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Seven Strategies for Increasing the Rigor and Relevance of Marketing*
(Marketing Memo December 2010)

"The discipline of marketing hasn't kept up with the rapid changes facing 21st-century businesses," declares Yoram Wind, Professor of Marketing at the Wharton School. He adds that academic marketing sometimes lack relevance, and marketing practice sometimes lacks rigor.

Marketing has evolved from a "product orientation" to a "market orientation" and now to a "consumer orientation" that allows consumers to choose between standardized products and products they have "co-created" with businesses. Professor Wind has outlined seven strategies that address these changes and also make marketing more rigorous and relevant. Wind focuses on consumers, but the strategies apply to B2B customers, as well:

"Bridge disciplinary silos." Marketing academics should talk to marketing practitioners; companies should talk to customers; and different functional departments should talk to each other. Finance has data that would be helpful to marketing. In addition, sales and marketing should work in tandem, not in opposition.

Consider outsourcing some aspects of marketing. Companies must focus on both "competencies they own" and those they "connect to" through broad networks. Procter & Gamble has found that some aspects of marketing can be done externally, including new product development, according to Wind.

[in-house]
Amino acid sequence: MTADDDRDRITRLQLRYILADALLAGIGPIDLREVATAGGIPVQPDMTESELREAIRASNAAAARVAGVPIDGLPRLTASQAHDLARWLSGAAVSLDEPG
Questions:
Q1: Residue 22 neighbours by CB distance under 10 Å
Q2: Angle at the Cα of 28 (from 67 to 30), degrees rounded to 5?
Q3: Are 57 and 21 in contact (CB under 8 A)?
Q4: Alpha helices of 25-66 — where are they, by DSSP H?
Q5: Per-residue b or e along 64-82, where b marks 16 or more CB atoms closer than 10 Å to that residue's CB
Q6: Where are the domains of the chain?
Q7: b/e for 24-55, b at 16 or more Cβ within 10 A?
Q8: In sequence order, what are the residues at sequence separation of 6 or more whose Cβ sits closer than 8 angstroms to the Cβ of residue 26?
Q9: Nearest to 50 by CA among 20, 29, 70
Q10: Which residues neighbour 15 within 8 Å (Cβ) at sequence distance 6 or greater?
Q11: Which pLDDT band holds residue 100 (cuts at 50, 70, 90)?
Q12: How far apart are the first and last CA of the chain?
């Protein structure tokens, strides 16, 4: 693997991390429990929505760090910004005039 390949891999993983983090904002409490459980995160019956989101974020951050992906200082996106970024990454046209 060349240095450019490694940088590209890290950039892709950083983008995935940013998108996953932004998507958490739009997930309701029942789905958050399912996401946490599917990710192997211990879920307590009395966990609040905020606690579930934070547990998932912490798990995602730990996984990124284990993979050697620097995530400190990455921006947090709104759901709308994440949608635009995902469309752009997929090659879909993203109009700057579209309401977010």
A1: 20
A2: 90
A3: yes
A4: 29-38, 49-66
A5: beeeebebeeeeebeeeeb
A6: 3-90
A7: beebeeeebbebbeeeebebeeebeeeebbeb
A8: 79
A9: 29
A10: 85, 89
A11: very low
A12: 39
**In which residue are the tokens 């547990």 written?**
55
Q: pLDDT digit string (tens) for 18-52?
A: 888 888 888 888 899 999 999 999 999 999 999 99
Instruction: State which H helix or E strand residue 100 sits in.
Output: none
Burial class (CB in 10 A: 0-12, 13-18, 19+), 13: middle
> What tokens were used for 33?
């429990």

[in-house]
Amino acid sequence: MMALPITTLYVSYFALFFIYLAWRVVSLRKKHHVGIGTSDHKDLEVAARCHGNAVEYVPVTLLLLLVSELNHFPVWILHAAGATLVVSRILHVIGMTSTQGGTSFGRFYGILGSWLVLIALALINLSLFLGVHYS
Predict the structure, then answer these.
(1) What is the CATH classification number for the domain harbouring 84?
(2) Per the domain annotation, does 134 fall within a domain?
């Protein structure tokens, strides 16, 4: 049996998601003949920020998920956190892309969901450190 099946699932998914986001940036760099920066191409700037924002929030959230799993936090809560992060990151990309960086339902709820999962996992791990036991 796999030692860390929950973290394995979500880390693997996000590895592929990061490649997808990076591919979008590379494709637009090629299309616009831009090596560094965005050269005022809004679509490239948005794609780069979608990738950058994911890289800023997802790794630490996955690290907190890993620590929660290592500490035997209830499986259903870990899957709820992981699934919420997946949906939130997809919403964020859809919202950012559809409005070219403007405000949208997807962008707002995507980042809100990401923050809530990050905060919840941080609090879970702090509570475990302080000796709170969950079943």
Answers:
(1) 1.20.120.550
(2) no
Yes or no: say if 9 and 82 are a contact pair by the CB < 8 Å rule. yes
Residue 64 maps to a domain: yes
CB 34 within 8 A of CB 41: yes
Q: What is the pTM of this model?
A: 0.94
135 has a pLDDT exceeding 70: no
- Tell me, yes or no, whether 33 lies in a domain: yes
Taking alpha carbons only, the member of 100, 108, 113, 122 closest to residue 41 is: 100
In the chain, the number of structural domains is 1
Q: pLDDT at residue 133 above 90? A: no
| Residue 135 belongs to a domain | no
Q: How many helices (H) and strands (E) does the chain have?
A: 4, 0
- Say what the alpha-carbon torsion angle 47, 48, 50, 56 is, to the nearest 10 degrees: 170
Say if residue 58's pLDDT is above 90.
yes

Provide tools that let customers co-create the right solution. Provide decision tools to customers who prefer to make their own purchase decisions. Many high tech and industrial companies provide calculators on their web sites that allow customers to configure and price purchases to meet their unique needs.

Partner to develop "customer-branded solutions" that meet special needs. Companies should partner to co-develop and co-market solutions that better meet the needs of customers. For example, Amazon.com now offers a Kindle for Android that lets customers read books on smart phones, as well as Kindles.

"Use analytics and metrics as the glue" that makes marketing more rigorous. Focus on data that is useful, not just easy to obtain. Wind says people focus on data that is readily available even when it is not particularly useful. He explains that market share is easier to calculate than "share of wallet," a more meaningful metric.

Integrate research and action ("adaptive experimentation"). Conduct several experiments to test assumptions. A single test of the effectiveness of a $100 million product launch budget is less effective than multiple tests in different markets of budgets of different sizes.

"Challenge (and change) your mental models." Wind provides several examples: The Oakland Athletics scoured statistics in new ways to identify younger, cheaper ballplayers with winning potential. Johnson & Johnson introduced Velcade, a new therapy for multiple myeloma and arranged with the UK's National Health Service to refund payment in cases where the treatment was unsuccessful. Wind concludes, "When the world changes, we need to change our mental models" or be trapped by the past. This is probably the most important of Wind's seven strategies!

*Yoram (Jerry) Wind, "A Plan to Invent the Marketing We Need Today," MIT Sloan Management Review, July 1, 2008,

Copyright 2011 Ruth Winett. All rights reserved.

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